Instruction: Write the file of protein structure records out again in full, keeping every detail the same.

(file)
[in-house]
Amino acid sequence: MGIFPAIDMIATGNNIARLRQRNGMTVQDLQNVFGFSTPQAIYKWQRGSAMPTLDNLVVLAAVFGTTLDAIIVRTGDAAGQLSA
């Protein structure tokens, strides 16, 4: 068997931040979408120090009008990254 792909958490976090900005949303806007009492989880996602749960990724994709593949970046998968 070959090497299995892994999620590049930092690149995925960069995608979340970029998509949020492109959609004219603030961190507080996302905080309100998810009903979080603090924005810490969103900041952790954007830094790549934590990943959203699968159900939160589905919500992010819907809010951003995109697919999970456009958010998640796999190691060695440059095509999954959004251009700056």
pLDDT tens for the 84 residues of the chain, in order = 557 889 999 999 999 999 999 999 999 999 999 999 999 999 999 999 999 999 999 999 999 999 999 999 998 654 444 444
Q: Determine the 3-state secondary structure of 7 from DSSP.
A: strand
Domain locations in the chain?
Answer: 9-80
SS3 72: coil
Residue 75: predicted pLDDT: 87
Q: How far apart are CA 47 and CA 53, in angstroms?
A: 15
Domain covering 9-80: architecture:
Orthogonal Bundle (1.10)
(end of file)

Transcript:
[in-house]
Amino acid sequence: MGIFPAIDMIATGNNIARLRQRNGMTVQDLQNVFGFSTPQAIYKWQRGSAMPTLDNLVVLAAVFGTTLDAIIVRTGDAAGQLSA
């Protein structure tokens, strides 16, 4: 068997931040979408120090009008990254 792909958490976090900005949303806007009492989880996602749960990724994709593949970046998968 070959090497299995892994999620590049930092690149995925960069995608979340970029998509949020492109959609004219603030961190507080996302905080309100998810009903979080603090924005810490969103900041952790954007830094790549934590990943959203699968159900939160589905919500992010819907809010951003995109697919999970456009958010998640796999190691060695440059095509999954959004251009700056």
pLDDT tens for the 84 residues of the chain, in order = 557 889 999 999 999 999 999 999 999 999 999 999 999 999 999 999 999 999 999 999 999 999 999 999 998 654 444 444
Q: Determine the 3-state secondary structure of 7 from DSSP.
A: strand
Domain locations in the chain?
Answer: 9-80
SS3 72: coil
Residue 75: predicted pLDDT: 87
Q: How far apart are CA 47 and CA 53, in angstroms?
A: 15
Domain covering 9-80: architecture:
Orthogonal Bundle (1.10)